Second Career as a Chef: The Right Step for Me?
Second careers are more common than you think. Some people have third, fourth, and more careers. So becoming a chef after spending years in another field isn't as much of a scary leap as it feels. Though you may be nervous and not sure if you should take the plunge, you shouldn't let the idea alone of starting a new career be the thing that stops you. People can make big changes at any stage of life and succeed beautifully, including becoming a chef.
Soothing Those Common Worries
A few thoughts tend to run through everyone's heads before they go to culinary school. One is certainly about cost and whether the second career will require them to take a big pay cut. That's always a risk, but it's a risk that could happen anywhere and anytime. You could stay in your current career track and move to a new department in the same company, only to find the budget get slashed and you get laid off to save money. With that sort of risk possible anywhere, you may as well go ahead and move into a field that you really want to be in.
Another worry is ageism. Are you going to be overlooked for jobs because of your age? An ethical employer won't care how old you are as long as you can deliver the food required for the position.
Will your co-workers respect you? This is another issue that gets blamed on being older but that is really something that can happen at any age. Chances are if your co-workers don't respect you at an older age, they wouldn't have respected you at a younger age. So forget about how your age might affect starting a second career. If you want to move into a new field, do so regardless of age. It's your skills that people really want to see.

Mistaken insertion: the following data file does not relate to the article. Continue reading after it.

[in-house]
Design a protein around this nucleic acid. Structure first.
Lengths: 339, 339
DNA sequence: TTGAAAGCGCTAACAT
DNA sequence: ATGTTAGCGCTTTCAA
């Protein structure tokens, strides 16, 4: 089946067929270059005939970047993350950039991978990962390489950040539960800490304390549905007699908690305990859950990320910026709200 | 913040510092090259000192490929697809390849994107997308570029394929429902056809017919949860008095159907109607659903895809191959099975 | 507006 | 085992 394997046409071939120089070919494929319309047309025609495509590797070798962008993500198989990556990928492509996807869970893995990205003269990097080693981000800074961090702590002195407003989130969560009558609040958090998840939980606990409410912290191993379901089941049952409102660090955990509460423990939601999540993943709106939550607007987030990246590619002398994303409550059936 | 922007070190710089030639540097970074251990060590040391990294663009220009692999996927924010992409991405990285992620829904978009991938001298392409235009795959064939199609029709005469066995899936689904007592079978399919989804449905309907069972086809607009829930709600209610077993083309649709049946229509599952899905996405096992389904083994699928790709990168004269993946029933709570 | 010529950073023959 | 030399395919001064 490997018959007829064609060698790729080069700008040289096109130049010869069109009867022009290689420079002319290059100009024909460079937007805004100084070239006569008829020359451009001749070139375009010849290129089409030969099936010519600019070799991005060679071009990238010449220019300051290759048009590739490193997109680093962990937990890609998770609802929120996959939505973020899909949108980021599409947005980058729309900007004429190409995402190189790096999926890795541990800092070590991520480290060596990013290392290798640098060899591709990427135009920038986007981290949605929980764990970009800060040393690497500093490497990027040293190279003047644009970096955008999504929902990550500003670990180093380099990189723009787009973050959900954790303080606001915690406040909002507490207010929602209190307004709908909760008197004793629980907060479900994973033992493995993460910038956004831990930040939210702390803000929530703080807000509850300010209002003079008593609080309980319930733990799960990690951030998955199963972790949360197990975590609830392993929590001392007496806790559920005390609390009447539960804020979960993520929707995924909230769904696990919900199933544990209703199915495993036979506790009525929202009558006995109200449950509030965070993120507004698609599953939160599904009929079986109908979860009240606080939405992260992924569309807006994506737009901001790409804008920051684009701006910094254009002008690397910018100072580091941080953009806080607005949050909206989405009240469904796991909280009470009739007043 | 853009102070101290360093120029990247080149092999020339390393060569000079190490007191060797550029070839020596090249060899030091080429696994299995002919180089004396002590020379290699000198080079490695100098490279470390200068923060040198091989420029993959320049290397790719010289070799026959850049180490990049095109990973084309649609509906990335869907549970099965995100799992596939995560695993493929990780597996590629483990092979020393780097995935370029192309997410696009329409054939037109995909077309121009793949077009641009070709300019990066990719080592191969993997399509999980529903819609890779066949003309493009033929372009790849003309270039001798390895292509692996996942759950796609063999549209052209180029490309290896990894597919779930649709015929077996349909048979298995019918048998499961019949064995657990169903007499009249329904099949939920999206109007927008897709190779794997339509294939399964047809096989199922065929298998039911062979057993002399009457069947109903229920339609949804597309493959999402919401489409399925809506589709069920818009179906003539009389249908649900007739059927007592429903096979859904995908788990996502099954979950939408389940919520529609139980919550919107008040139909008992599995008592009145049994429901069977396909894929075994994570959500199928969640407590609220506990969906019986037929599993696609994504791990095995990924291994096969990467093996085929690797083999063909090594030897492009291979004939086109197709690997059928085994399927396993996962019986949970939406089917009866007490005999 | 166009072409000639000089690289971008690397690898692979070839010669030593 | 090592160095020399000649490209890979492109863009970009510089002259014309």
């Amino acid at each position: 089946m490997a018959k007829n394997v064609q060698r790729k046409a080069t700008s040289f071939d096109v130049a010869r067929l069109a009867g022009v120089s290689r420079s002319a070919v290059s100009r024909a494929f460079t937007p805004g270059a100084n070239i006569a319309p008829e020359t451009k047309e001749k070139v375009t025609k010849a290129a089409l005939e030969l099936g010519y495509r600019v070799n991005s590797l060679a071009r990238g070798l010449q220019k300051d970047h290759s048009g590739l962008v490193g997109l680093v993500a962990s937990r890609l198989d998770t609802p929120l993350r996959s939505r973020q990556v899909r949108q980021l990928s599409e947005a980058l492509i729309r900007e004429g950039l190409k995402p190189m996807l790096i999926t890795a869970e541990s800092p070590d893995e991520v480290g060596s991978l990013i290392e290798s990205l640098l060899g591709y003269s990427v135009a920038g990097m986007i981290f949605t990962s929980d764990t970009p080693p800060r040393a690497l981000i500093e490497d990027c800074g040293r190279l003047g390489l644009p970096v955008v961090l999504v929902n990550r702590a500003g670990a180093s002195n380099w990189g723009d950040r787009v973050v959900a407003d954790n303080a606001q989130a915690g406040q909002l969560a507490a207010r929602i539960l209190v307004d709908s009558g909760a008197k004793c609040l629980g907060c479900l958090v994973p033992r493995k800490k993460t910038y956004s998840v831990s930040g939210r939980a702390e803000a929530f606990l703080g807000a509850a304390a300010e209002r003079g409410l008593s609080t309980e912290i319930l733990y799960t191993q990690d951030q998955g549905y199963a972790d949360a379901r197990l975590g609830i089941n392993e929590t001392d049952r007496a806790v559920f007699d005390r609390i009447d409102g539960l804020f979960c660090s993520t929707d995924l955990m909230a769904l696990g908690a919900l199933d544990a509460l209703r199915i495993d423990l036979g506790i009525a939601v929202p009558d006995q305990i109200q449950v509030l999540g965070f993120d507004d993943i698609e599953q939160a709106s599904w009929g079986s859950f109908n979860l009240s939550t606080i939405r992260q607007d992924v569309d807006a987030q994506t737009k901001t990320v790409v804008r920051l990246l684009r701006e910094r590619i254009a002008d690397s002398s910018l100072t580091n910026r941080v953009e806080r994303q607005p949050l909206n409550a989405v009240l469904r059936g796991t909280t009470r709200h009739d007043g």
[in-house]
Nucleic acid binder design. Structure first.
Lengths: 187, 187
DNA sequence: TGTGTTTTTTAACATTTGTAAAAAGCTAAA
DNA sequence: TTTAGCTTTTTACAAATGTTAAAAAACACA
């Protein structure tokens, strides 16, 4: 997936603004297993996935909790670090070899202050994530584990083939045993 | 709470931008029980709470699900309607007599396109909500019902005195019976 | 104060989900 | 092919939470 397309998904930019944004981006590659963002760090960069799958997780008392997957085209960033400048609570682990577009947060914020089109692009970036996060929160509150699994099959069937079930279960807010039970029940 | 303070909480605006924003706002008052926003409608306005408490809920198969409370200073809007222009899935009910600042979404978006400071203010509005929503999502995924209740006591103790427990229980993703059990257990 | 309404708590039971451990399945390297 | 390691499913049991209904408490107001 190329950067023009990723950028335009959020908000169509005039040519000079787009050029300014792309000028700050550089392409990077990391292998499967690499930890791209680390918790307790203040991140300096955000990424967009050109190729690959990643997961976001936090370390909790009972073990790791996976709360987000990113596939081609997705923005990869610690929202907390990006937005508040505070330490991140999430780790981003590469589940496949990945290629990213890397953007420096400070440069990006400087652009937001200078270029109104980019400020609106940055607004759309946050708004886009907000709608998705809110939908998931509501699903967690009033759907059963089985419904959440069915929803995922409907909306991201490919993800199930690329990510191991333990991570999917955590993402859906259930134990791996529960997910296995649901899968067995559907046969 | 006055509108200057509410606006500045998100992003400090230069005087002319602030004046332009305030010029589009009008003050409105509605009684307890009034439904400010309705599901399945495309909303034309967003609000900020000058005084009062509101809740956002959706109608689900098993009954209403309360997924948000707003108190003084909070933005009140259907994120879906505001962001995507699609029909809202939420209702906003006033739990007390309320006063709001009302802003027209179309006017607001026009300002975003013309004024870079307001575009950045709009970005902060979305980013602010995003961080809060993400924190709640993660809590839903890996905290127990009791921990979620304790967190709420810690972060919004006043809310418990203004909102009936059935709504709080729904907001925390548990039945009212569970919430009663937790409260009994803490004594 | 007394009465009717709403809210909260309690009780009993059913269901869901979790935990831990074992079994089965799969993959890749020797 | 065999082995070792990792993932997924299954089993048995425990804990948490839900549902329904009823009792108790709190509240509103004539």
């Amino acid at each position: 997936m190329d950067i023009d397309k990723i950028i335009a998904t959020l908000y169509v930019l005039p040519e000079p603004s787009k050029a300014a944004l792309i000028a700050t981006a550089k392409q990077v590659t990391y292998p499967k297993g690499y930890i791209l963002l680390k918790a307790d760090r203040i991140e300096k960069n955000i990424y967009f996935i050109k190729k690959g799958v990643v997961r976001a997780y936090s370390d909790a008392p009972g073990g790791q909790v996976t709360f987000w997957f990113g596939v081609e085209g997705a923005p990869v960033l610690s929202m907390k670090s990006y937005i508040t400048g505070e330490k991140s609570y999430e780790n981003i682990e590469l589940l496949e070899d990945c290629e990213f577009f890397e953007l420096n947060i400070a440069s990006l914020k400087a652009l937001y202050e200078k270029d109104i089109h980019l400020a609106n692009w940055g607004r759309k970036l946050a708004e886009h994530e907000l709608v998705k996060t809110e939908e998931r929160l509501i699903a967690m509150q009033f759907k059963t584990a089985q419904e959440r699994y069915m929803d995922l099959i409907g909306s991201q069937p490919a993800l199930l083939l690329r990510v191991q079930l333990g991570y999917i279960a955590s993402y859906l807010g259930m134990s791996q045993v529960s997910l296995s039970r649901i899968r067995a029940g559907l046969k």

Are you wondering if you can succeed after many years away from school? Yes, of course you can! You learn new things daily; the only difference now is that you're not in a classroom. If you head to culinary school, you could quickly get up to speed and find your niche.
Formal Education Can Be Your Stepping Stone
Going to culinary school to learn about a second field in food is one of the best routes for those looking at second careers. The structured coursework ensures you learn what you need to know and more -- you aren't stuck in a corner dealing only with bread, for example.
It also exposes you to more career options, like pastries and nutrition. Maybe menu planning turns out to be your specialty, or you find that you like the smaller, more intimate cooking that goes with being a personal chef.
Formal education also lets you fail, safely. Your classes are places where you can let that first soufflé fall without much embarrassment. You will have to learn to do everything correctly, of course. However, if something doesn't work, you get a chance to figure out why.
Culinary school also gives you a thorough grounding in all the basics so that you head to food service jobs with a background in food and how to prepare it. Part of the apprehension of starting new program is based in not knowing much about the field and how it really works. Education led by experts is the best way to combat and get past that apprehension.
What About Learning on Your Own?
You could always just get a dishwashing job and work your way up, but that can take a long time and be overly restrictive. Culinary school introduces you to a broad range of foods, cooking rules, and subfields and allows you to create a path that is truly yours.
Interested in a second career as a chef? If you want to earn an Associate of Applied Science in Culinary Arts, ECPI University's Culinary Institute of Virginia offers this degree program at an accelerated rate. For more information, connect with a friendly admissions counselor today.
It could be the Best Decision You Ever Make!
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Gainful Employment Information – Culinary Arts - Associate’s